Tag Archives: Best Practices

Timing Is Critical For Erecting Ethical Wall

Michele Trausch 
Michele Trausch
November 2, 2015

A case from the Central District of California earlier this year highlights the critical issue of the timeliness of erecting a wall.

In Signature MD, Inc. v. MDVIP, Inc., the defendant moved to disqualify plaintiff’s counsel on the grounds it had previously represented the defendant from 2008 to 2012. The motion was granted because the current and former relationships were substantially similar and because the ethical wall the plaintiff’s counsel’s firm had erected was ineffective.

In fact, the wall was erected two days after the firm was retained by plaintiffs. There was no evidence preventative measures were in place before the wall went up to prevent disclosure of privileged information. Even declarations stating that there was no disclosure during that time would not have helped defeat the motion.

LESSON TO BE LEARNED: It is essential that no work be done before an ethical wall is in place. Courts will require strict compliance with all the elements of an effective ethical wall when ruling on a motion to disqualify. The timeliness of erection of the wall can make all the difference.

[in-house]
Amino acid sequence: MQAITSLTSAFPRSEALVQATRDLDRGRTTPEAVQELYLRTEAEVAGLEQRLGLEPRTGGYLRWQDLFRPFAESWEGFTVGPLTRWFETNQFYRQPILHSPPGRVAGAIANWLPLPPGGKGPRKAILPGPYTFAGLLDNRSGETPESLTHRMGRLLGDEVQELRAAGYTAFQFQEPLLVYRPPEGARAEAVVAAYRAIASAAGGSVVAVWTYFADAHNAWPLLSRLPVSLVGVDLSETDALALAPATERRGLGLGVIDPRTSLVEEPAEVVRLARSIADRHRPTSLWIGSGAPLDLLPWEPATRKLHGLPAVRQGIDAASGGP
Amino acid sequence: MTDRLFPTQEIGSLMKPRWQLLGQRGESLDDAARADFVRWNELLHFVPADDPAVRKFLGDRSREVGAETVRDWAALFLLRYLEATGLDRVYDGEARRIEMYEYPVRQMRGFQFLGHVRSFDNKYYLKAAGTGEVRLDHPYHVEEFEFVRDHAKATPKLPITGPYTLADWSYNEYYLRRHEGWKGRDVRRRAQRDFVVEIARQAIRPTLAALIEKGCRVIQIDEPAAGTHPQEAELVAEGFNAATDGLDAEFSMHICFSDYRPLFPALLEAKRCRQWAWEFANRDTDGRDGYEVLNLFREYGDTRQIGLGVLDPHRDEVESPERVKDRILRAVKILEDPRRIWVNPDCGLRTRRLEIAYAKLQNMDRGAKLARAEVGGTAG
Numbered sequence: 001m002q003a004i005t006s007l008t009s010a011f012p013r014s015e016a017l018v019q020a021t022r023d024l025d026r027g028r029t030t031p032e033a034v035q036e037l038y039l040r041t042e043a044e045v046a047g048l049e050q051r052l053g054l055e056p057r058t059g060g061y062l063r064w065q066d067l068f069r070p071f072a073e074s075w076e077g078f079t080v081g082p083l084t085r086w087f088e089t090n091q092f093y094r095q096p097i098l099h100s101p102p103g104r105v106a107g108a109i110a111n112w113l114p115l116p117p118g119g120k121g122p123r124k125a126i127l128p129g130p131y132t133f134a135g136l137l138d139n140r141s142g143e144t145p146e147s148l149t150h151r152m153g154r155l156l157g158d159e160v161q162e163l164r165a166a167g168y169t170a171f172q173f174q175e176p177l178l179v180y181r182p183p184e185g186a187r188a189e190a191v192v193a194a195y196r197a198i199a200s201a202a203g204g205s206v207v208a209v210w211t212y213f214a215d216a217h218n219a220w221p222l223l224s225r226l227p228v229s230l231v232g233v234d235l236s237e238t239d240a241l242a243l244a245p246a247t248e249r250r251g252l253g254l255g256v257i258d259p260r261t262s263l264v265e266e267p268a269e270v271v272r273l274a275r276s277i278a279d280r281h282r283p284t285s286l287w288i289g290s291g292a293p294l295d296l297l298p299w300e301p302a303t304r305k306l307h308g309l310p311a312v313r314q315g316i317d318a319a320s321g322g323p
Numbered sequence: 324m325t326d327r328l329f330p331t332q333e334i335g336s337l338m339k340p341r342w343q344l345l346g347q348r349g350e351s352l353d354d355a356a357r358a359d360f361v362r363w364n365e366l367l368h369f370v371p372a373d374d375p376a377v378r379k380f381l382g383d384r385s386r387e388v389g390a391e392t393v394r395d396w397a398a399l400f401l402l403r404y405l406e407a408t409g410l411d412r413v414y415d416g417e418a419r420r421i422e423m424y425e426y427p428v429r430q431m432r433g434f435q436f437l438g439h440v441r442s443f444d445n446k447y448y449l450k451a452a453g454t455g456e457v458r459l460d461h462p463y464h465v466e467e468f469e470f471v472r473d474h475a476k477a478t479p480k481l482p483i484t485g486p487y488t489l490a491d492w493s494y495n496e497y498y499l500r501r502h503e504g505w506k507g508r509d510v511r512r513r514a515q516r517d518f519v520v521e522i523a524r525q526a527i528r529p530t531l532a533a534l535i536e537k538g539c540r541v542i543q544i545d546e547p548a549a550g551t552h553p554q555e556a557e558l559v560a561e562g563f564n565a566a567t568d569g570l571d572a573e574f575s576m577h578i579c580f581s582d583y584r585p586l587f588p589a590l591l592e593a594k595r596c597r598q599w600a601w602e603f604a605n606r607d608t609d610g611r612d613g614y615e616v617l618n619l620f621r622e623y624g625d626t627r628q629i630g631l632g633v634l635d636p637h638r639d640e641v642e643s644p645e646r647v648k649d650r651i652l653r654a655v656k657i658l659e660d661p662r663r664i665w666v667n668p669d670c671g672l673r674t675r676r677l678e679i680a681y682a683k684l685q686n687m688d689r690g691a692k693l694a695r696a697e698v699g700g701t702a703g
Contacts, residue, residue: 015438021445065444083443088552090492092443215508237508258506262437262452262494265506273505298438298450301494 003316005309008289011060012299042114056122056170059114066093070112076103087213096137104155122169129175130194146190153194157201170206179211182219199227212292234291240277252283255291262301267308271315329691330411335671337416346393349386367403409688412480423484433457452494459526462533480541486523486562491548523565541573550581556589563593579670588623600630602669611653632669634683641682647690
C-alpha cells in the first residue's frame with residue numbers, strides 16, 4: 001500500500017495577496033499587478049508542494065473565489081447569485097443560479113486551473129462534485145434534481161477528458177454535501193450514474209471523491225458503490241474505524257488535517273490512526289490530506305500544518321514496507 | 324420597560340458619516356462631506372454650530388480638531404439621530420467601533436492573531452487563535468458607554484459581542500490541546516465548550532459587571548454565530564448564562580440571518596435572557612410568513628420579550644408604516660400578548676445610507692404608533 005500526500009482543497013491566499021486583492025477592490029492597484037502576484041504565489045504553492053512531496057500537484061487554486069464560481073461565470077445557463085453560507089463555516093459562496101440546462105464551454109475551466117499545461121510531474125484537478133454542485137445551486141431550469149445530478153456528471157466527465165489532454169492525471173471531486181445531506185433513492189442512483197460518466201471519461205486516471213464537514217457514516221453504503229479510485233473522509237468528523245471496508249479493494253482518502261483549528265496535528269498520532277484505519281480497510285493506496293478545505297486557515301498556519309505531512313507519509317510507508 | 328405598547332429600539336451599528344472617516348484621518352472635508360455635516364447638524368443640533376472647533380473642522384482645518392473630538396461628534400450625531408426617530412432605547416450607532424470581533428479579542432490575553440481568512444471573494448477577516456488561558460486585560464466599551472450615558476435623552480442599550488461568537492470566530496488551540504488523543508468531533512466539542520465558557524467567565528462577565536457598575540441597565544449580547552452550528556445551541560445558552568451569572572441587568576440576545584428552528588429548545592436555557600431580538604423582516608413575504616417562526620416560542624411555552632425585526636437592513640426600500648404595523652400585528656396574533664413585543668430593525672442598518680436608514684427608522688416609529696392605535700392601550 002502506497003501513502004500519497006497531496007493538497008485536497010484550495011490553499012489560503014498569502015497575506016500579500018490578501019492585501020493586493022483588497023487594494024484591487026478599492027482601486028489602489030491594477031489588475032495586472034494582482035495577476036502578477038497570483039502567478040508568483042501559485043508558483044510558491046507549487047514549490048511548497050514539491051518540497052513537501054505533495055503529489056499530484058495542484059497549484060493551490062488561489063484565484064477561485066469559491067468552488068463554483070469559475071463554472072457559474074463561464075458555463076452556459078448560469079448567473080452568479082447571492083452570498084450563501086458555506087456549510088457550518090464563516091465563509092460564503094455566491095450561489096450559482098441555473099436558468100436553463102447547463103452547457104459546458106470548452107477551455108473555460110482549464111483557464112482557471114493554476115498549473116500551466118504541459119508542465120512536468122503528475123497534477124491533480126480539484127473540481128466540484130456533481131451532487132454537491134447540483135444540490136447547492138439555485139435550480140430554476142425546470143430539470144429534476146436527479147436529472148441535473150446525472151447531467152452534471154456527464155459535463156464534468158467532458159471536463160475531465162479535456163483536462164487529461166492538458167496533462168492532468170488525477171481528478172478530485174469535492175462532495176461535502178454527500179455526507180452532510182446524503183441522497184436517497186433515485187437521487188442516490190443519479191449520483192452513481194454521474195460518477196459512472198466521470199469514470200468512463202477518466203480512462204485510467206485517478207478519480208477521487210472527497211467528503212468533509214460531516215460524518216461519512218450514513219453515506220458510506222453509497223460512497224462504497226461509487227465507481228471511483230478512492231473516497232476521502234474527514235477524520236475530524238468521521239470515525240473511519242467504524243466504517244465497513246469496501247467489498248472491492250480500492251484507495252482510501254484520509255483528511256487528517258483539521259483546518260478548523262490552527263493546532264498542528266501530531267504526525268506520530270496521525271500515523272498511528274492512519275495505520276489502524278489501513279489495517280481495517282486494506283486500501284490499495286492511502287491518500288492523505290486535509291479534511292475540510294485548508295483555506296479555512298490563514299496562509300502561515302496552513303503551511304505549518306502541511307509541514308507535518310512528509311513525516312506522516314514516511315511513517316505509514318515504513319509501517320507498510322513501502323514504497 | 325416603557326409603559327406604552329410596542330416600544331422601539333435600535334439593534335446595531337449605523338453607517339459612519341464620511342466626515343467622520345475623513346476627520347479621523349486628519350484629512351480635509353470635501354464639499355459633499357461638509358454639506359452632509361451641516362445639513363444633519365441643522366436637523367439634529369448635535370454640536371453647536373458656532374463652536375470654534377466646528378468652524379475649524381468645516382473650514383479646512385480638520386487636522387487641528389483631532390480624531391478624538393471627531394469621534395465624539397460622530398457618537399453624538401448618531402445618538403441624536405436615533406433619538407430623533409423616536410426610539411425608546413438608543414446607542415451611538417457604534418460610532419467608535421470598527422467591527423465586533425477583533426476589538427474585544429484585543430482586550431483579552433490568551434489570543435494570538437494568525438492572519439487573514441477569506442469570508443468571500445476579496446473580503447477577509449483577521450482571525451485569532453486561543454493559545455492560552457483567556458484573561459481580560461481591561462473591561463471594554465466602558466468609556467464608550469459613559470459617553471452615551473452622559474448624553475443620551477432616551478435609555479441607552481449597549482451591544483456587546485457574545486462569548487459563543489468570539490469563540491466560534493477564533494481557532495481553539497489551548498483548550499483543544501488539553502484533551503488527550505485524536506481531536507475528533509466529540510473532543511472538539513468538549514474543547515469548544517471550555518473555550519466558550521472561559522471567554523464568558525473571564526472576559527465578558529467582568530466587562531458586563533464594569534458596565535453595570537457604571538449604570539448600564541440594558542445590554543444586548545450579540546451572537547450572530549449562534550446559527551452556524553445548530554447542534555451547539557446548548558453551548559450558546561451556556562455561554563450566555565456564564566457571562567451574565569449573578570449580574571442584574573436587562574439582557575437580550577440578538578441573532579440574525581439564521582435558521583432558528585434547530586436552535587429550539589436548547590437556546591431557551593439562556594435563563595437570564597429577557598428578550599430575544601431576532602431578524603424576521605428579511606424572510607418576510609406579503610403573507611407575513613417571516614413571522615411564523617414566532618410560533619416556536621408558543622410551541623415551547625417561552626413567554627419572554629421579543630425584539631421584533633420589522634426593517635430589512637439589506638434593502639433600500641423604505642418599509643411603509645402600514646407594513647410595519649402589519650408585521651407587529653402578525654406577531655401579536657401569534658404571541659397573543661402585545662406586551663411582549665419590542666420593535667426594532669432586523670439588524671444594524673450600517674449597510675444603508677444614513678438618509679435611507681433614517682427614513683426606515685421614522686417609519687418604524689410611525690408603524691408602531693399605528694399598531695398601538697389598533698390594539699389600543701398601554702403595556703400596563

Give Experts All The Facts Before They Form An Opinion

Eric Junginger 
Eric Junginger
September 9, 2015

It’s easy to have your expert opine exactly what you think you need to support or oppose a summary judgment motion when the expert is not given all of the pertinent facts. In Shiffer v. CBS Corporation, ___ Cal.App.4th ___ (2015 Cal.App. LEXIS 788) [9/8/15], the First District Court of Appeal made clear that “[a]n expert’s opinion is only as good as the facts on which it is built,” and if the expert has not been given the complete set of facts to form an opinion, the expert’s opinion lacks foundation and can be excluded from evidence.

In Shiffer, plaintiff conceded at deposition that the original asbestos-containing insulation on a Westinghouse turbine generator was already installed when he arrived at the job site, and it was never repaired, maintained, installed, or removed in his presence. Westinghouse moved for summary judgment based on no asbestos exposure. In opposition to Westinghouse’s MSJ, plaintiff submitted a contradictory declaration that insulation was being applied on the turbine when he arrived at the job site.